By Justin Sink
President Clinton called reports that his namesake foundation had run multimillion-dollar deficits "misleading" in a lengthy open letter posted online Friday afternoon.
The letter serves as a rebuttal to a story in The New York Times this week that reported that the foundation piled up $40 million in deficit during Hillary ClintonHillary Rodham ClintonTrump: Sanders supporters 'like Trump on trade, a lot' Clinton ties Trump's refusal to release tax returns to Russia in ad Clinton's lead narrows to 3 points in Pennsylvania MORE's presidential bid and ran more than $8 million in the red in 2012.
In his letter, Clinton says that the tax forms cited in the report "can be misleading as to what is actually going on."
"When someone makes a multi-year commitment to the Foundation, we have to report it all in the year it was made," Clinton said. "In 2005 and 2006 as a result of multi-year commitments, the Foundation reported a surplus of $102,800,000 though we collected nowhere near that. In later years, as the money came in to cover our budgets, we were required to report the spending but not the cash inflow."
Clinton added that while the foundation was "hit by the economic slowdown in 2007 and the crash in 2008," it nevertheless ran a surplus in every year.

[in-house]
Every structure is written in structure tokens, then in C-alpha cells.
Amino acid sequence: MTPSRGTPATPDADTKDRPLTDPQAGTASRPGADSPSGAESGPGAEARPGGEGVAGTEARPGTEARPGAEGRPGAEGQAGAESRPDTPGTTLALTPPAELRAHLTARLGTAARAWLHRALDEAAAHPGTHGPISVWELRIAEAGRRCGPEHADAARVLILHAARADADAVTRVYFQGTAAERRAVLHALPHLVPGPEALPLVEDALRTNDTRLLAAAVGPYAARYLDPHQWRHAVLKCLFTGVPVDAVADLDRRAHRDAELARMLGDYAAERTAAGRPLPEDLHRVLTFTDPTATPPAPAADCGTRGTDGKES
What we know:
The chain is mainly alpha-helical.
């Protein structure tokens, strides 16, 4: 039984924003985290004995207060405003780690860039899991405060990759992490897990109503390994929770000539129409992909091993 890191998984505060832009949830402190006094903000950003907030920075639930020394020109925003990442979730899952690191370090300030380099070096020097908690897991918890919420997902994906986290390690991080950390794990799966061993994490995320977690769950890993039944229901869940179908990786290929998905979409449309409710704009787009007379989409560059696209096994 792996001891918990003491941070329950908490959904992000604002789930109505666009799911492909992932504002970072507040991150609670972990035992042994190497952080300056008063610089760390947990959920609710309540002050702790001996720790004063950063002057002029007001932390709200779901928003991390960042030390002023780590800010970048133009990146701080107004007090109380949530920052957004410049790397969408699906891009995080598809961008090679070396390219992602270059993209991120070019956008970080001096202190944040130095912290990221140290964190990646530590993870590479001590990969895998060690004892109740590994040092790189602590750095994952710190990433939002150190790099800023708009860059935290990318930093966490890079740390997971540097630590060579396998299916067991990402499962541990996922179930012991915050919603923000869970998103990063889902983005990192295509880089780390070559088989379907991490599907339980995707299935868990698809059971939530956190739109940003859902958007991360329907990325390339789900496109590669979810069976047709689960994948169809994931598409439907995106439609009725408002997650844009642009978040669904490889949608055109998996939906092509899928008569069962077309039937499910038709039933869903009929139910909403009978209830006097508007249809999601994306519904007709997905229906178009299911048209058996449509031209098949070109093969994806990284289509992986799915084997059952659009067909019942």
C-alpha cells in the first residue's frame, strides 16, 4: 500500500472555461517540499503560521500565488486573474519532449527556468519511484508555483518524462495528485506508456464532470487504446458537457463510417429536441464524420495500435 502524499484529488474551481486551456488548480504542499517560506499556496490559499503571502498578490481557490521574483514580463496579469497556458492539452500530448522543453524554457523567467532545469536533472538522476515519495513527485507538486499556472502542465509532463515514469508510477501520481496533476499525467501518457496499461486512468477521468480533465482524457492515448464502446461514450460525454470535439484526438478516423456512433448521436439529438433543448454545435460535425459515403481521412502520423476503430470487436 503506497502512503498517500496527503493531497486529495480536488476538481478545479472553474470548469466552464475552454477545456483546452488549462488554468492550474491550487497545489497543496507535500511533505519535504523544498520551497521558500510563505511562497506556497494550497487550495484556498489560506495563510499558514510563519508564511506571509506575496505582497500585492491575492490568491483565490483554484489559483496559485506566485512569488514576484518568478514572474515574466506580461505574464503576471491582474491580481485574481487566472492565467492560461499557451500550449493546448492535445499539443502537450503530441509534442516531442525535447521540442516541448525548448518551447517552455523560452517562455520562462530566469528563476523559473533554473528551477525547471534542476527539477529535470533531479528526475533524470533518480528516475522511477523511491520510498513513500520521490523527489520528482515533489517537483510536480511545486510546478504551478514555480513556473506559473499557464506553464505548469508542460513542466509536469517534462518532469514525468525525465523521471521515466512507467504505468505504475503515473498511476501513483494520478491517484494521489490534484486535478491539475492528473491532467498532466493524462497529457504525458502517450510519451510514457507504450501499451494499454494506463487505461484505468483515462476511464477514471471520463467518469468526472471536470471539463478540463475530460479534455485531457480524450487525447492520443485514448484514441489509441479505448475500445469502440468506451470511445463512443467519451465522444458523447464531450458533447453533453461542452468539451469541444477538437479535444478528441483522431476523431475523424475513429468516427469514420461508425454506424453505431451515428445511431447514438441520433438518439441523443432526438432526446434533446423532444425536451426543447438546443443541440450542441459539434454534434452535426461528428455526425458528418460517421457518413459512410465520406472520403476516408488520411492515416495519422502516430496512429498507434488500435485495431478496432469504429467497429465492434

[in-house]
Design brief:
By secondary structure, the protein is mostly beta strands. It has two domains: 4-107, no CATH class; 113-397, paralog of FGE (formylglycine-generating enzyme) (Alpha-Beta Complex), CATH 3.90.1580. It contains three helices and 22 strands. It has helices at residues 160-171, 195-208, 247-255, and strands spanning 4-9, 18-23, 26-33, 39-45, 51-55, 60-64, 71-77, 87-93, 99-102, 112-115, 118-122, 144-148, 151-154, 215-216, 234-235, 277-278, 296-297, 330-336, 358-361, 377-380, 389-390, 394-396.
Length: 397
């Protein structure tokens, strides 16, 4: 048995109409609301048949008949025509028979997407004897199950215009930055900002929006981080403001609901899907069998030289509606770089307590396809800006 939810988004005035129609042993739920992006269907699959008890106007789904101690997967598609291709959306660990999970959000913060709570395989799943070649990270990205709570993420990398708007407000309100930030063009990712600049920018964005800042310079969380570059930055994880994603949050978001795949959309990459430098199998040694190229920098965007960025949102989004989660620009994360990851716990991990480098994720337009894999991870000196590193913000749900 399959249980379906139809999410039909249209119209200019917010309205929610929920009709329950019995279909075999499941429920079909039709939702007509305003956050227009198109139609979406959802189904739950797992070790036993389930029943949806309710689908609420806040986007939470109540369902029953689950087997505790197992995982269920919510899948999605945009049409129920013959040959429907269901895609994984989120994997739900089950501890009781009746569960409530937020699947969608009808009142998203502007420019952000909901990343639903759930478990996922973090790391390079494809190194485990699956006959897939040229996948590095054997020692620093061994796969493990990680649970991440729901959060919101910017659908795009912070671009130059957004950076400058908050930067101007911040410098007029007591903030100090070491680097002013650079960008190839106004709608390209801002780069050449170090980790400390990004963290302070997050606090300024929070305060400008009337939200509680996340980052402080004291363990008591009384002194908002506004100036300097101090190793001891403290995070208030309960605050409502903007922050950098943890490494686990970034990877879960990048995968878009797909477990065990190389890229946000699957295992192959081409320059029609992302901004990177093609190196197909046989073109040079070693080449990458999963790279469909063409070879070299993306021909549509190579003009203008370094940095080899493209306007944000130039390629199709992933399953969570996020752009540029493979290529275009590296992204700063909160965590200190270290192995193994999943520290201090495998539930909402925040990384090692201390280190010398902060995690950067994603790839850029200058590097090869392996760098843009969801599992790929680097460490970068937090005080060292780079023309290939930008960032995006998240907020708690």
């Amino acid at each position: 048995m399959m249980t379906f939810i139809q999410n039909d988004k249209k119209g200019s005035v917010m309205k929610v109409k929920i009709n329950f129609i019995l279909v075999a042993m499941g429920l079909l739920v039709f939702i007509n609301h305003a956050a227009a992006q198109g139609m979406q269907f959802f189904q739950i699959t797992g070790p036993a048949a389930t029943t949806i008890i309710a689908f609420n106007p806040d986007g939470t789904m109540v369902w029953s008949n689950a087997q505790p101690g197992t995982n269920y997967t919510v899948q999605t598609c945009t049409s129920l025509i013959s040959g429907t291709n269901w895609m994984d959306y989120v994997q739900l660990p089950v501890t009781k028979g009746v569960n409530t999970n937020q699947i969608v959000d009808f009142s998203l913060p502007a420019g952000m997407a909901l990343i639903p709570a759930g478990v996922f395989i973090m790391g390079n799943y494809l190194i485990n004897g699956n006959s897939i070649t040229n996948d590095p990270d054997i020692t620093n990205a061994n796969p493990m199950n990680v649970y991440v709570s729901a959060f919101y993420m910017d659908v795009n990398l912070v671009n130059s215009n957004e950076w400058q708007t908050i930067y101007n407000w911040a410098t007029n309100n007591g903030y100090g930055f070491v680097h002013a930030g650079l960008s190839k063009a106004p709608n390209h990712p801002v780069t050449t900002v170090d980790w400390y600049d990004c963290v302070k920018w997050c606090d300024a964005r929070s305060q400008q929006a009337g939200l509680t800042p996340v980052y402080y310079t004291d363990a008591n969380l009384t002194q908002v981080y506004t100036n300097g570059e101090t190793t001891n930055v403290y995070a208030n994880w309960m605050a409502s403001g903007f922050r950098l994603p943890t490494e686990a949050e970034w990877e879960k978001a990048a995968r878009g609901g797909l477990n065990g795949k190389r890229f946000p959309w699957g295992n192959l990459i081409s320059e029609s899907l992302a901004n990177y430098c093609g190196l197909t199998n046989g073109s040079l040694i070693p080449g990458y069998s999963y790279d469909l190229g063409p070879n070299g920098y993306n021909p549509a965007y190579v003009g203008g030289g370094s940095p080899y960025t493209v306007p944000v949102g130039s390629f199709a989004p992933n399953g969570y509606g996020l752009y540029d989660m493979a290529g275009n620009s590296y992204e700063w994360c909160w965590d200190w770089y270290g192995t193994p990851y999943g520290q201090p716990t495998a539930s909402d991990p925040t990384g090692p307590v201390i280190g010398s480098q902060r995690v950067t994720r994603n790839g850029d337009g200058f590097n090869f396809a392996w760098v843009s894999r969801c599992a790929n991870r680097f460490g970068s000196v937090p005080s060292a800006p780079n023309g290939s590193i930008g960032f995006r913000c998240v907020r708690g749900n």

"When the audited financials are released, they will show a surplus," Clinton said.
Clinton also defended the organization's management overhaul, which reportedly came amid staff infighting and budget overruns in 2011. Clinton said that the foundation did hire an outside firm to review the organization's management structure, and that acting on its recommendations had ensured the long-term health of his charity.
"The review told us that my passion to keep overhead costs down — at about a low 8 percent for most of the last decade, rising only to above 11 percent in 2012 as we invested to support our growth — had gone on too long and that the Foundation needed better coordination without dampening the entrepreneurial spirit that infuses all our initiatives," Clinton said.
The open letter was likely intended to soothe the nerves of donors in the aftermath of the highly circulated Times report, which depicted the organization as mercurial and wasteful. Moreover, Clinton likely wants to neutralize opponents using the foundation as a detriment to a possible presidential bid by his wife in 2016.
In the letter, the former president says he is "immensely proud of what we’ve accomplished in the last 12 years."
"Thanks to a large number of committed supporters in the U.S. and around the world, including individuals, large foundations like the Gates Foundation, the Dutch Postcode Lottery and others, foreign governments, and our dedicated staff, we’re in a good position," Clinton said. "We are in the process of appointing a larger, more independent board and we need an endowment, which our family and friends are working to raise."